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The amount of heat absorbed in the formation of one mole of a substance in a specified state from its elements in their standard states.

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Optical Activity

The rotation of plane polarized light by one of a pair of optical isomers.

 

First Law of Thermodynamics

The total amount of energy in the universe is constant (also known as the Law of Conservation of Energy) energy is neither created nor destroyed in ordinary chemical reactions and physical changes.

Crystal Field Theory

Theory of bonding in transition metal complexes in which ligands and metal ions are treated as point charges, a purely ionic model, ligand point charges represent the crystal (electrical) field perturbing the metal?s d orbitals containing nonbonding electrons.

Biodegradability

The ability of a substance to be broken down into simpler substances by bacteria.

 

Nodal Plane

A region in which the probability of finding an electron is zero.

 

Chemical Safety

People use chemicals every day for a wide array of purposes, which can include work and house hold duties. Many of us fail to realize that we are actually handling potentially deadly chemicals when we simply clean the bathroom or wash the car.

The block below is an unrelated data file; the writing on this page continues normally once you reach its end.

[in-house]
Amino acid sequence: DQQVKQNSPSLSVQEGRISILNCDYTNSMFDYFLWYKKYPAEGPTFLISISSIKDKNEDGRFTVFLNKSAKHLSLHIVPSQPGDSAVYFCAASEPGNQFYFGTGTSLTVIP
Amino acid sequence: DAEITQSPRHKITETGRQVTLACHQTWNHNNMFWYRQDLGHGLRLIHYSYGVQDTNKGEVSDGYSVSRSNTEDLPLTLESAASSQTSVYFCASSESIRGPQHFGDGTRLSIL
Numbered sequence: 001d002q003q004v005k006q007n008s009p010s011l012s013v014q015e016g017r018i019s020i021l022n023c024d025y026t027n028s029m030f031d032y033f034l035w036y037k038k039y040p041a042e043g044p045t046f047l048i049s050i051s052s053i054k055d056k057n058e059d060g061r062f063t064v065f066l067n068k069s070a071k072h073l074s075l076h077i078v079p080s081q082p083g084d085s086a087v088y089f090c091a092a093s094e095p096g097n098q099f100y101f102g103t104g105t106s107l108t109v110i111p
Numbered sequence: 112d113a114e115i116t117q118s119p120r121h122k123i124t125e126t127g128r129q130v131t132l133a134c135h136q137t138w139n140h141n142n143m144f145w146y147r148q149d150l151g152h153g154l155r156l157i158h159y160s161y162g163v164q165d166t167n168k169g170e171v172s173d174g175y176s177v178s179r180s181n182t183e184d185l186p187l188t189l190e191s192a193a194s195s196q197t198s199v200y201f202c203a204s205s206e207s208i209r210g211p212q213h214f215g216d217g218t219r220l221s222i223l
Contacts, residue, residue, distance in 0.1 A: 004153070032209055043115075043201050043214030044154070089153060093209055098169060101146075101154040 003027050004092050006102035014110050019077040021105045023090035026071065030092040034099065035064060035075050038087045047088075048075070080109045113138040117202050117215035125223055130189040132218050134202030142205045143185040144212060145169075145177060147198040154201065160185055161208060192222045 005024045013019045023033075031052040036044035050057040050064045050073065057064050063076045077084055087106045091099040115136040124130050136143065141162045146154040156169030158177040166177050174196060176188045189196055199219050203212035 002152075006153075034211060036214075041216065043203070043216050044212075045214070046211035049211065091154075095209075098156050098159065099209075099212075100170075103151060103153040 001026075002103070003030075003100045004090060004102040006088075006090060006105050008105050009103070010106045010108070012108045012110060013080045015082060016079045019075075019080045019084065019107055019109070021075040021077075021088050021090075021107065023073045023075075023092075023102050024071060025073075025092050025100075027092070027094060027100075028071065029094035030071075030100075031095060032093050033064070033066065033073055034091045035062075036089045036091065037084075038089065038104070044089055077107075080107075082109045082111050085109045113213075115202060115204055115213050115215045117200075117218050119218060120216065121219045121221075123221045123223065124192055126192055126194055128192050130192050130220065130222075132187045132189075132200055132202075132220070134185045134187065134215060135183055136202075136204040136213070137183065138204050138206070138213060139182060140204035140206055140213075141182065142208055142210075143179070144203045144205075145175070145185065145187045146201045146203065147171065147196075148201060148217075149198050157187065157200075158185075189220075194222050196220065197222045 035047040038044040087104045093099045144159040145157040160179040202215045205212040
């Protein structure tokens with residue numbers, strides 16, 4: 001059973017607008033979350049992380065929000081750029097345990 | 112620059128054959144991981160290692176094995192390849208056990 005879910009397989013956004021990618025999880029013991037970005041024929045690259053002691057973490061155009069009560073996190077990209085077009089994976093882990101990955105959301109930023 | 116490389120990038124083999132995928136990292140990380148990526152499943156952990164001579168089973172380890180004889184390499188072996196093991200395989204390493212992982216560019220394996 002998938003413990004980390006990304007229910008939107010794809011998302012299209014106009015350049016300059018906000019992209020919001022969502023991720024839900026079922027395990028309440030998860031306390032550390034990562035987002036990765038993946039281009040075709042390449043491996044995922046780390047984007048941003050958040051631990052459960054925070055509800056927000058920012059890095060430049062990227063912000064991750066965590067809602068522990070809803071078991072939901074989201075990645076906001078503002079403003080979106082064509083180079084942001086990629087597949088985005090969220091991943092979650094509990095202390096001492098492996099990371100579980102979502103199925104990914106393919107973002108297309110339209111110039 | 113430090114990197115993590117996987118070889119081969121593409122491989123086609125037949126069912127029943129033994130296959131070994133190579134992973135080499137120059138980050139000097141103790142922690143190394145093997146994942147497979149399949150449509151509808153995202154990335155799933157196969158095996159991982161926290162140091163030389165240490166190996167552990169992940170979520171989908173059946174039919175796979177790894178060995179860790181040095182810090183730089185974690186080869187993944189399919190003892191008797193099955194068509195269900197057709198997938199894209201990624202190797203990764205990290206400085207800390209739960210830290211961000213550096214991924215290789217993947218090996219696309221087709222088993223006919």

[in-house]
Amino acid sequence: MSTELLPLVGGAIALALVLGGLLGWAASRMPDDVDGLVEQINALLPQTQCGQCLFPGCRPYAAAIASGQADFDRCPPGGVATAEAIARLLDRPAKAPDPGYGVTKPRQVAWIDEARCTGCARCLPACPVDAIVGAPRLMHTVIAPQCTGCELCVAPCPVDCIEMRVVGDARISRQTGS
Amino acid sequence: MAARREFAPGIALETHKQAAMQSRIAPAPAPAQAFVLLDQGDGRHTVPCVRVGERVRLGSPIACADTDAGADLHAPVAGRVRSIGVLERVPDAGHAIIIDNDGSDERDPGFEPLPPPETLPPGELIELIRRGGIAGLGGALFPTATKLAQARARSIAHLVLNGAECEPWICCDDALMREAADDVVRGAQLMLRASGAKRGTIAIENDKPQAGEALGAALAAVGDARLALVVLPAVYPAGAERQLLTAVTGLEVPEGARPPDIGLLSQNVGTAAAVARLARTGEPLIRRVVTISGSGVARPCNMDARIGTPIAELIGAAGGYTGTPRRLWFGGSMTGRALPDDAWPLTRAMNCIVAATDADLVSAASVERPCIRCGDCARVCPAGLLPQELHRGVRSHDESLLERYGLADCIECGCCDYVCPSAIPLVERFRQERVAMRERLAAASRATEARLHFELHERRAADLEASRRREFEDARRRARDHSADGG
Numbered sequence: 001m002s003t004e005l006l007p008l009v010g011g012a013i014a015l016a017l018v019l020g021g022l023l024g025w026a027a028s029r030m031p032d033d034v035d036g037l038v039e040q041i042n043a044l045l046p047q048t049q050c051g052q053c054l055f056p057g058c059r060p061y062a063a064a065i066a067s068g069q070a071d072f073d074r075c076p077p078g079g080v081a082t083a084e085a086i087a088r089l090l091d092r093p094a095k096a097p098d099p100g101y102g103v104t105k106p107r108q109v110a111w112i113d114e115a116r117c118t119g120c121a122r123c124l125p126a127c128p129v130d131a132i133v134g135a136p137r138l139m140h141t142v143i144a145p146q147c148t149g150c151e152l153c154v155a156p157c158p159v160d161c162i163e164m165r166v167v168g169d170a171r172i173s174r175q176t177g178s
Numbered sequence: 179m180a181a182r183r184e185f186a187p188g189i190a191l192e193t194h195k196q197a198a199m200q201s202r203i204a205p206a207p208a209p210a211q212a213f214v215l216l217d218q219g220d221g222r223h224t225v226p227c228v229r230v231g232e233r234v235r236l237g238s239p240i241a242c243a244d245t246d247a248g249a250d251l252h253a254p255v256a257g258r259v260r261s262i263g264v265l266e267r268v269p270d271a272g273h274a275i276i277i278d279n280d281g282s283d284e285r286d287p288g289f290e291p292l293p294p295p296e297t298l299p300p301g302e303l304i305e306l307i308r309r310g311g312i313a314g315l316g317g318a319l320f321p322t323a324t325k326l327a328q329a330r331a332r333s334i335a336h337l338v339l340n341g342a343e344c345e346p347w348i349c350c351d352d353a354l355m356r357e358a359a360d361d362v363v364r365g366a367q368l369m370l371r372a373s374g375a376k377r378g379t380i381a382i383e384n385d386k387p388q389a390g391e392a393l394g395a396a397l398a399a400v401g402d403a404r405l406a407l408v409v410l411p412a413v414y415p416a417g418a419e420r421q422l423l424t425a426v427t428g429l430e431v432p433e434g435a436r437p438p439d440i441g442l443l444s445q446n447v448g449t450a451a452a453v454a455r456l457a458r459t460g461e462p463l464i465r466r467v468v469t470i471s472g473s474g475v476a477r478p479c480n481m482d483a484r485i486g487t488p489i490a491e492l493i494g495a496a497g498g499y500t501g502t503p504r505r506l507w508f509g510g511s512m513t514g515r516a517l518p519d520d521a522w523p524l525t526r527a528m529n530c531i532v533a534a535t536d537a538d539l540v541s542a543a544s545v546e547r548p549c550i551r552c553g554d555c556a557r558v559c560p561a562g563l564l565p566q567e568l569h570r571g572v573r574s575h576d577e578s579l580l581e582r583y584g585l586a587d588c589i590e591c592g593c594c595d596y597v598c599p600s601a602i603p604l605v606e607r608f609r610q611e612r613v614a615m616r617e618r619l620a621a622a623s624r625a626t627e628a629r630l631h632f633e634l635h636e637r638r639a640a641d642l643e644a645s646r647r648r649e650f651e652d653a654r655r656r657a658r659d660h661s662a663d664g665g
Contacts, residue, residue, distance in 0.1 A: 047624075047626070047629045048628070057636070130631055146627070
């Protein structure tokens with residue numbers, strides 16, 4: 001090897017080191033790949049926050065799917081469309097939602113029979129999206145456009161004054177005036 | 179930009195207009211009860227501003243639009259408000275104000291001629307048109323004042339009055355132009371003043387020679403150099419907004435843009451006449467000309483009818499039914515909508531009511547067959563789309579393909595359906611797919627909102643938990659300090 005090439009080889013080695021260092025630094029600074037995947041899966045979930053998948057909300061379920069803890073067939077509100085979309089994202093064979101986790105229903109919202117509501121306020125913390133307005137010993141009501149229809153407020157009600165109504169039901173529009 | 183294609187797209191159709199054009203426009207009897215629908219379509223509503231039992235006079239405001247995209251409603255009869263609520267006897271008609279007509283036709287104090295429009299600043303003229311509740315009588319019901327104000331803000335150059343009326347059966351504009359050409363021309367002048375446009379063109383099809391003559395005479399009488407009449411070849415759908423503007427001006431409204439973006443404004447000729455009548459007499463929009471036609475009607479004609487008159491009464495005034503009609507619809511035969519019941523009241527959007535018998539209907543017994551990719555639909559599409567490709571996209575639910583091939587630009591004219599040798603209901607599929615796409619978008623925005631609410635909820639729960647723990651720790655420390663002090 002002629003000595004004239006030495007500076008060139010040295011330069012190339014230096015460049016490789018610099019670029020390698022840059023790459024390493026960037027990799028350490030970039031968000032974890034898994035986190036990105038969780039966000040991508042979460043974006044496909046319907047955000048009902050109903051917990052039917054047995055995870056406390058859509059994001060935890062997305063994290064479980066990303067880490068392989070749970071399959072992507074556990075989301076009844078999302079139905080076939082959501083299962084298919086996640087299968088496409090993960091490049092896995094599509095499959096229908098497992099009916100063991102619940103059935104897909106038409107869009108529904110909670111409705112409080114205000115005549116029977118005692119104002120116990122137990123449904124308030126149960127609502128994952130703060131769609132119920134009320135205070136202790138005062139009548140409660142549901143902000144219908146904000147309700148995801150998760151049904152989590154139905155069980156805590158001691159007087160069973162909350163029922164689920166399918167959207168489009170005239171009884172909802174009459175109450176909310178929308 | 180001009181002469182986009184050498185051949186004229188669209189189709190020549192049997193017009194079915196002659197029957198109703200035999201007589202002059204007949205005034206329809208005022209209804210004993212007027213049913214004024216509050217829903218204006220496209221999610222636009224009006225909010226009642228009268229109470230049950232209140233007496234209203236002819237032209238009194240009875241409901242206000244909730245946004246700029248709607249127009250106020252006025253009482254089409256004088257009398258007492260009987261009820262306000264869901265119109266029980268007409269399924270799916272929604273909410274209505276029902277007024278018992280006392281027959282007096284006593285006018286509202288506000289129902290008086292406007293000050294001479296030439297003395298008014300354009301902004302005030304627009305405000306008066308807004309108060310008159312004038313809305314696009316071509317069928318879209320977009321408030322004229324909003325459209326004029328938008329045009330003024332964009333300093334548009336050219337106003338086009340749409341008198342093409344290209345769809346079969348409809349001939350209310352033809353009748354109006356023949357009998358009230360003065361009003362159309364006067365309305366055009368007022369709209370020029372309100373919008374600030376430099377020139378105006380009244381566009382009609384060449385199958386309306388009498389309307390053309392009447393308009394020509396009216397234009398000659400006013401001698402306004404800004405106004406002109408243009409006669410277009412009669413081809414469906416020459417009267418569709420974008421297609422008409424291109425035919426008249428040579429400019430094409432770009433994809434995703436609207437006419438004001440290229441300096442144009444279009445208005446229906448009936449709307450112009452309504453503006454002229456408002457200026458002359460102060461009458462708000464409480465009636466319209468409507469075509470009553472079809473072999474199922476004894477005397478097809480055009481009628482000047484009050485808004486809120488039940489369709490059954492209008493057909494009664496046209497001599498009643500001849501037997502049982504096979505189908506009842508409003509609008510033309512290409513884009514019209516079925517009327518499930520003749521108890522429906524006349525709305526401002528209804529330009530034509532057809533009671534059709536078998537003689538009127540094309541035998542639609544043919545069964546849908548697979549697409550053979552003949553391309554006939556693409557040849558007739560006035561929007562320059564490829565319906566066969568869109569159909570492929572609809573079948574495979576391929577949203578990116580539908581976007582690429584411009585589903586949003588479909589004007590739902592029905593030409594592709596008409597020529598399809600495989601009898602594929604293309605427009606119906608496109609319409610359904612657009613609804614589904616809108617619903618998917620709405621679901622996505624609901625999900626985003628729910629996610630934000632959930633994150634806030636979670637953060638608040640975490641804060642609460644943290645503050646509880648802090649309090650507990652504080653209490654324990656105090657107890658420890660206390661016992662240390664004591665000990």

This brings to mind the reason why chemical safety is so important and why you should always use the chemicals that you own for their intended purpose only. Otherwise, the repercussions could be disastrous to say the least. There are specific things that you and those around you should do when handling, storing or using chemicals in nearly every form.

Breeder Reactor

A nuclear reactor that produces more fissionable nuclear fuel than it consumes.

xylic acid

Any of six colorless, crystalline, isomeric acids having the formula C9H10O2, derived from xylene.

Dimer

Molecule formed by combination of two smaller (identical) molecules.

xylene

Any of three oily, colorless, water-insoluble, flammable, toxic, isomeric liquids, C8H10, of the benzene series, obtained mostly from coal tar: used chiefly in the manufacture of dyes.